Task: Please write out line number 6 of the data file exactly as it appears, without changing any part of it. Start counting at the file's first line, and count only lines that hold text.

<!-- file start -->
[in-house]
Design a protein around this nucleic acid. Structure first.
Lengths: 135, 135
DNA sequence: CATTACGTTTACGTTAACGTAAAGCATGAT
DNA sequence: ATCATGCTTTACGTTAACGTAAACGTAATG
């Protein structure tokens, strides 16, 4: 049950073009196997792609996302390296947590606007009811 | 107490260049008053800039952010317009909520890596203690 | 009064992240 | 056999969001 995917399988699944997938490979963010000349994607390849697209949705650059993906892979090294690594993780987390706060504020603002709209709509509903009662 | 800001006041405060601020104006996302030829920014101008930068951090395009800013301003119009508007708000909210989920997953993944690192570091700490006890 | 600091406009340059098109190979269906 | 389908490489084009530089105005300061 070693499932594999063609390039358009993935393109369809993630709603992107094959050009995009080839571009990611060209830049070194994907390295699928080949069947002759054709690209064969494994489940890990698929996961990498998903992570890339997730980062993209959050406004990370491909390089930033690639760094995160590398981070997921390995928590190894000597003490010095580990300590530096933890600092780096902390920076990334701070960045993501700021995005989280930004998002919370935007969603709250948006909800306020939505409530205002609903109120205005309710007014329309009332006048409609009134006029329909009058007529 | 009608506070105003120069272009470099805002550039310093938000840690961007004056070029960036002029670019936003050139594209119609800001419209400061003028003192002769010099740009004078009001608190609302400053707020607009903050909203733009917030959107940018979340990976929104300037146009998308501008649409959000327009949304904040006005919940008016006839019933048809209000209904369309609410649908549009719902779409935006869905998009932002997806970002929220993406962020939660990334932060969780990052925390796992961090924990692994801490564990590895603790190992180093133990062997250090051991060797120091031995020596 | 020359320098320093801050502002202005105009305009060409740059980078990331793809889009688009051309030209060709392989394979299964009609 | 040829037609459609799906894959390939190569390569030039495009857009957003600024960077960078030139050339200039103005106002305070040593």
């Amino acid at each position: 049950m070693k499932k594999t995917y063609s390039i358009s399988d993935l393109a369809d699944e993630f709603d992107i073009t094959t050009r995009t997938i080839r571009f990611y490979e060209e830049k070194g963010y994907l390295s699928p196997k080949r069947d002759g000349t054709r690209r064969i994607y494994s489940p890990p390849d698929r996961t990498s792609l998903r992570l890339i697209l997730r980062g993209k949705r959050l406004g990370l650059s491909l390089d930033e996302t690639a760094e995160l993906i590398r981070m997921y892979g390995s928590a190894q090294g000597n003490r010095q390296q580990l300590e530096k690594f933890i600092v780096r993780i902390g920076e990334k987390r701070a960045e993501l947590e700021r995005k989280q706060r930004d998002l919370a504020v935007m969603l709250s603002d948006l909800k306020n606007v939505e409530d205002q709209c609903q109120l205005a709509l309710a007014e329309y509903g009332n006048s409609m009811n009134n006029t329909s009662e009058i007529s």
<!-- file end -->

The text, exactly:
């Protein structure tokens, strides 16, 4: 049950073009196997792609996302390296947590606007009811 | 107490260049008053800039952010317009909520890596203690 | 009064992240 | 056999969001 995917399988699944997938490979963010000349994607390849697209949705650059993906892979090294690594993780987390706060504020603002709209709509509903009662 | 800001006041405060601020104006996302030829920014101008930068951090395009800013301003119009508007708000909210989920997953993944690192570091700490006890 | 600091406009340059098109190979269906 | 389908490489084009530089105005300061 070693499932594999063609390039358009993935393109369809993630709603992107094959050009995009080839571009990611060209830049070194994907390295699928080949069947002759054709690209064969494994489940890990698929996961990498998903992570890339997730980062993209959050406004990370491909390089930033690639760094995160590398981070997921390995928590190894000597003490010095580990300590530096933890600092780096902390920076990334701070960045993501700021995005989280930004998002919370935007969603709250948006909800306020939505409530205002609903109120205005309710007014329309009332006048409609009134006029329909009058007529 | 009608506070105003120069272009470099805002550039310093938000840690961007004056070029960036002029670019936003050139594209119609800001419209400061003028003192002769010099740009004078009001608190609302400053707020607009903050909203733009917030959107940018979340990976929104300037146009998308501008649409959000327009949304904040006005919940008016006839019933048809209000209904369309609410649908549009719902779409935006869905998009932002997806970002929220993406962020939660990334932060969780990052925390796992961090924990692994801490564990590895603790190992180093133990062997250090051991060797120091031995020596 | 020359320098320093801050502002202005105009305009060409740059980078990331793809889009688009051309030209060709392989394979299964009609 | 040829037609459609799906894959390939190569390569030039495009857009957003600024960077960078030139050339200039103005106002305070040593």